Video

Video Indiana Controversy Highlights Divergent Meanings of Religious Freedom

Indiana’s state government has triggered a nationwide controversy by approving a law that critics say is aimed at allowing discrimination against gays and lesbians. The controversy stems from divergent notions of religious freedom in America. VOA's Jerome Socolovsky reports.
Video

Video Report: State of Black America a 'Tale of Two Nations'

The National Urban League has described this year's "State of Black America" report as a "tale of two nations." The group's annual report, released earlier this month (March), found that under an equality index African Americans had only 72% parity compared to whites in areas such as education, economics, health, social justice and civic engagement. It’s a gap that educators and students at Brooklyn’s Medgar Evers College are looking to close. VOA's Daniela Schrier reports from the school.
Video

Video Film Tells Story of Musicians in Mali Threatened by Jihadists

At this year's annual South by Southwest film and music festival in Austin, Texas, some musicians from Mali were on hand to promote a film about how their lives were upturned by jihadists who destroyed ancient treasures in the city of Timbuktu and prohibited anyone from playing music under threat of death. As VOA’s Greg Flakus reports from Austin, some are afraid to return to their hometowns even though the jihadists are no longer in control there.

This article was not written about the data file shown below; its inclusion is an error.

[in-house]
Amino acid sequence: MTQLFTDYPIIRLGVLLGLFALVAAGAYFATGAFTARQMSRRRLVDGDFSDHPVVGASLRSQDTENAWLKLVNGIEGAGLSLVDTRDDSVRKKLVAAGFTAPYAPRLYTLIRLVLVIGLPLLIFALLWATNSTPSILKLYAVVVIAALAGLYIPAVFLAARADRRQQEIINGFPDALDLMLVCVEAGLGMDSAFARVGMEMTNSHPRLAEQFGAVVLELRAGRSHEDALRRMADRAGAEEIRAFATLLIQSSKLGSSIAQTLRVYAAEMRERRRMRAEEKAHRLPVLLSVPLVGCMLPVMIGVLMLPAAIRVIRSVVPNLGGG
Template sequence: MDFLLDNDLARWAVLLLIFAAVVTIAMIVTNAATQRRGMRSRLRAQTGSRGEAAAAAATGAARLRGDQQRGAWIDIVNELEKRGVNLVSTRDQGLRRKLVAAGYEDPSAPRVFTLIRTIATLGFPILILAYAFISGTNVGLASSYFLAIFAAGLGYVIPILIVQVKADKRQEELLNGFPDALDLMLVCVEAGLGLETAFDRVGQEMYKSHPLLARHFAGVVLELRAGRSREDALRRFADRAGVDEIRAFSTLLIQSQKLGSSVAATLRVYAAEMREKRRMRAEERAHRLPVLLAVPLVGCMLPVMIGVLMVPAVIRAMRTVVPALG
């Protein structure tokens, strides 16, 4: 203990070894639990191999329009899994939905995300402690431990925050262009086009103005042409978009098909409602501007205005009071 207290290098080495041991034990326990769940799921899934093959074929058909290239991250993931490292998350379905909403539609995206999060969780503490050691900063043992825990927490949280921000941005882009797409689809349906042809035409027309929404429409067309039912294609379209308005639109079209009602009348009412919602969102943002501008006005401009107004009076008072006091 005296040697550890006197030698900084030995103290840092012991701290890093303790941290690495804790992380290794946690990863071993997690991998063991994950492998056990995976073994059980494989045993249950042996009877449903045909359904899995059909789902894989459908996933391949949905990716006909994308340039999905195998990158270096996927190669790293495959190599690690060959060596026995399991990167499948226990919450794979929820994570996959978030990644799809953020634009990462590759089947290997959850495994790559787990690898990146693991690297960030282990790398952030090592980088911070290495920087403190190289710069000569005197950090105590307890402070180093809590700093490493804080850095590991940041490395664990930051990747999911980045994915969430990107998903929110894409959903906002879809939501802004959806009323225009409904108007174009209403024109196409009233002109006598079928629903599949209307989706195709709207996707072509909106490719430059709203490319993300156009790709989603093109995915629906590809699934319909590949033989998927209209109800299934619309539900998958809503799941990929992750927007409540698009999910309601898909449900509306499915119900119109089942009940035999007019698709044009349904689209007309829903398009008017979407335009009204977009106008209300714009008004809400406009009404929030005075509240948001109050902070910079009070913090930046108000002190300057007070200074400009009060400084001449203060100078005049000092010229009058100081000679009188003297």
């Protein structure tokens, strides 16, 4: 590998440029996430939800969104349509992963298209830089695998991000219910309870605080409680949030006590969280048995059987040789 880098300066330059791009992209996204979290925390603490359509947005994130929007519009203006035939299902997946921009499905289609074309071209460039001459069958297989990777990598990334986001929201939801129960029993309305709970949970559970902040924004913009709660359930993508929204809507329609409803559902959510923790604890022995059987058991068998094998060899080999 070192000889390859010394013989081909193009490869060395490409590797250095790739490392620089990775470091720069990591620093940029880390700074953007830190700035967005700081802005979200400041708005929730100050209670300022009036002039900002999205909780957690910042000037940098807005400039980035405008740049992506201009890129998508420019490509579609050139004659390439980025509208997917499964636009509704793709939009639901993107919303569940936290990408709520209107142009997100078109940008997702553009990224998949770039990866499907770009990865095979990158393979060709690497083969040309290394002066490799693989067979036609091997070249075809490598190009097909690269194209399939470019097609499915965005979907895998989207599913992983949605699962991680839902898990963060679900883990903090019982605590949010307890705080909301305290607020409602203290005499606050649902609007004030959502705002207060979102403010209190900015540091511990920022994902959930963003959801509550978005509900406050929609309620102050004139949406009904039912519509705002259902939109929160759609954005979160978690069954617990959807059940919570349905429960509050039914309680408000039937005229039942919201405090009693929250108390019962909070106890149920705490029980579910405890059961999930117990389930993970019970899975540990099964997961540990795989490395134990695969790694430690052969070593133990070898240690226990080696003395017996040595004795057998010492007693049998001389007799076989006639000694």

Video

Video Ebola Vaccine Trials Underway in West Africa

Ebola has claimed the lives of more than 10,000 people in West Africa. Since last summer, researchers have rushed to get anti-Ebola vaccines into clinical trials. While it's too early to say that any of the potential vaccines work, some scientists say they are seeing strong results from some of the studies. VOA's Carol Pearson reports.
Video

Video Philippines Wants Tourists Spending Money at New Casinos

Tourism is a multi-billion dollar industry in the Philippines. Close to five million foreign visitors traveled there last year, perhaps lured by the country’s tropical beaches. But Jason Strother reports from Manila that the country hopes to entice more travelers to stay indoors and spend money inside new casinos.
Video

Video Civilian Casualties Push Men to Join Rebels in Ukraine

The continued fighting in eastern Ukraine and the shelling of civilian neighborhoods seem to be pushing more men to join the separatist fighters. Many of the new recruits are residents of Ukraine made bitter by new grievances, as well as old. VOA's Patrick Wells reports.
Video

Video Cambodian Land Grabs Threaten Traditional Communities

Indigenous communities in Cambodia's Ratanakiri province say the government’s economic land concession policy is taking away their land and traditional way of life, making many fear that their identity will soon be lost. Local authorities, though, have denied this is the case. VOA's Say Mony went to investigate and filed this report, narrated by Colin Lovett.

VOA Blogs

Circumventing Censorship

An Internet Primer for Healthy Web Habits

As surveillance and censoring technologies advance, so, too, do new tools for your computer or mobile device that help protect your privacy and break through Internet censorship.
More